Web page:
Nicola Sturgeon, the First Minister of Scotland, has today delivered a statement to the Scottish Parliament entitled ‘Brexit and Scotland’s Future.’
There was no chance that the FM was going to announce a date for a new Scottish independence referendum, but what most were hoping for was clarity on the path towards a second referendum and that is what we got.
Full details below, but first it is key that she led with a damning attack on Westminster’s performance on Brexit, stating that it was a tremendous “waste of time and money and that Westminster needs to take a no deal Brexit off the table” and that she “has sought a positive way forward on Brexit for the whole of the UK.”
Remember though, that all forms of Brexit are harder on Scotland than on the rest of the UK. We also have to consider that with the Brexit Party looking set to win the EU referendum in England, cancelling Brexit looks unlikely.
Let us be clear, power over the constitution is not devolved to Holyrood. So although the Scottish Government may well have the power to hold a referendum under its powers to collect data and statistics, such a move would see Westminster attempt to stop the referendum happening through the courts. At best that would create delays, at worst lead to any referendum being boycotted by the British nationalist parties and thus any result would not be binding on the UK Government to accept.
So the FM has always looked to manoeuvre Westminster into accepting Holyrood’s right and mandate to hold an independence referendum and for that referendum to have the same legal status as the 2014 plebiscite did. This requires a Section 30 order, the temporary transfer of powers over the constitution to Holyrood, to make the result binding on Westminster and avoid a Catalonia-style situation.
Today’s speech was all about manoeuvring and strengthening the mandate to call a referendum in the term of this parliament, before May 6th 2021, and to leave open the threat to hold it in the term of this Holyrood session.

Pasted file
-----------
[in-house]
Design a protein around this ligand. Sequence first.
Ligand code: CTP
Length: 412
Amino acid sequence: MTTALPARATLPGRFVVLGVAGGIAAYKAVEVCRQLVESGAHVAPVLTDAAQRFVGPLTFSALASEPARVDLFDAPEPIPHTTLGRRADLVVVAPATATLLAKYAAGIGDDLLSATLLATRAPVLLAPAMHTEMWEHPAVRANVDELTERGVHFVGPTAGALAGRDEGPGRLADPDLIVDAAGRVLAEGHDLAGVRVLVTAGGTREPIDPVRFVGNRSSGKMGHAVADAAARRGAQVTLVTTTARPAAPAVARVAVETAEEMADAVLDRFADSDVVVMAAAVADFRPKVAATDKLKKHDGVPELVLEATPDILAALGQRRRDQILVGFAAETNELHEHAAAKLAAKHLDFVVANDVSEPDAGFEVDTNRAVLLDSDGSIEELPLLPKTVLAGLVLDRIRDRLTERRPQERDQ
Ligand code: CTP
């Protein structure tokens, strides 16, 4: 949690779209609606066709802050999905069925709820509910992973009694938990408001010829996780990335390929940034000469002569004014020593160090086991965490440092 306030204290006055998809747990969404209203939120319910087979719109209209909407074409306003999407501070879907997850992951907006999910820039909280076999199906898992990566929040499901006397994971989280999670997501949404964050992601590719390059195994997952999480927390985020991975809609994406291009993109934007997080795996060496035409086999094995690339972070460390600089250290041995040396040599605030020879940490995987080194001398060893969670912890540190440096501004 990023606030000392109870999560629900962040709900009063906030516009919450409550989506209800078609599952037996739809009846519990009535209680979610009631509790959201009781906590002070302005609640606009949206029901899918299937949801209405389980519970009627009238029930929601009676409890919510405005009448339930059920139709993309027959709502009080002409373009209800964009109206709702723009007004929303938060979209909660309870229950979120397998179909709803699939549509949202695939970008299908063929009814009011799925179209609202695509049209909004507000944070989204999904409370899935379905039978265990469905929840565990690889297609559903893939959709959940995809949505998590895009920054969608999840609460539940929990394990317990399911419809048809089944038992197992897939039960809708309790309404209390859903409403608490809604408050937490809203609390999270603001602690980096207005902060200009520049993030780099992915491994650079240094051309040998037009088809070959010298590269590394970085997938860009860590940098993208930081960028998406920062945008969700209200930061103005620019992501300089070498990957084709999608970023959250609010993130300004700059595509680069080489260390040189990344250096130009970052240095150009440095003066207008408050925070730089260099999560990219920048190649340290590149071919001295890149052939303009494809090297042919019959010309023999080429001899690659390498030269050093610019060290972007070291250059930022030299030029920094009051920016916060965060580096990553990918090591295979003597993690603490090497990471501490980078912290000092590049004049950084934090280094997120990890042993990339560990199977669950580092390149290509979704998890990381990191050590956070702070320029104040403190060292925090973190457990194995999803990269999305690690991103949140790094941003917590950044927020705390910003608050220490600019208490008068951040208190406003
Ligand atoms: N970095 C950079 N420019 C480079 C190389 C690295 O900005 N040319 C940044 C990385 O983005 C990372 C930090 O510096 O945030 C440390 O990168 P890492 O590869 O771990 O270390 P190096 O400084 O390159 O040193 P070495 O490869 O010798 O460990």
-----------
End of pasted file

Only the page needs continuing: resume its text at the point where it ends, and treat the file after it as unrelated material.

In 2014 a clear message of the British nationalist politicians was that a vote for independence was a vote to leave the EU. Now the opposite appears to be true. This has created a material change in circumstances and so the prospect of a second independence vote looms large. The independence-supporting majority in the Scottish Parliament creates a mandate for that.
Independence in the EU is the official position of the SNP. The most beneficial relationship that Scotland can have with both the EU and the UK after independence is that both stay in the Single Market and Customs Union.
Brexit might not happen. There could be a Customs Union or even a deal to keep the UK in the Single Market. Theresa May will probably not be the PM when any independence vote takes place and there may even be a snap UK general election. All of these issues necessitate that the Scottish FM waits for clarity on Brexit, because only clarity on Brexit allows the people of Scotland to begin to reconsider their position on independence with all the facts.
What really matters is that today Nicola Sturgeon confirmed her intention to hold another independence referendum, possibly within the term of this parliament. Of course, Brexit and arguments over the power to hold a new referendum may cause delays but the direction has been set.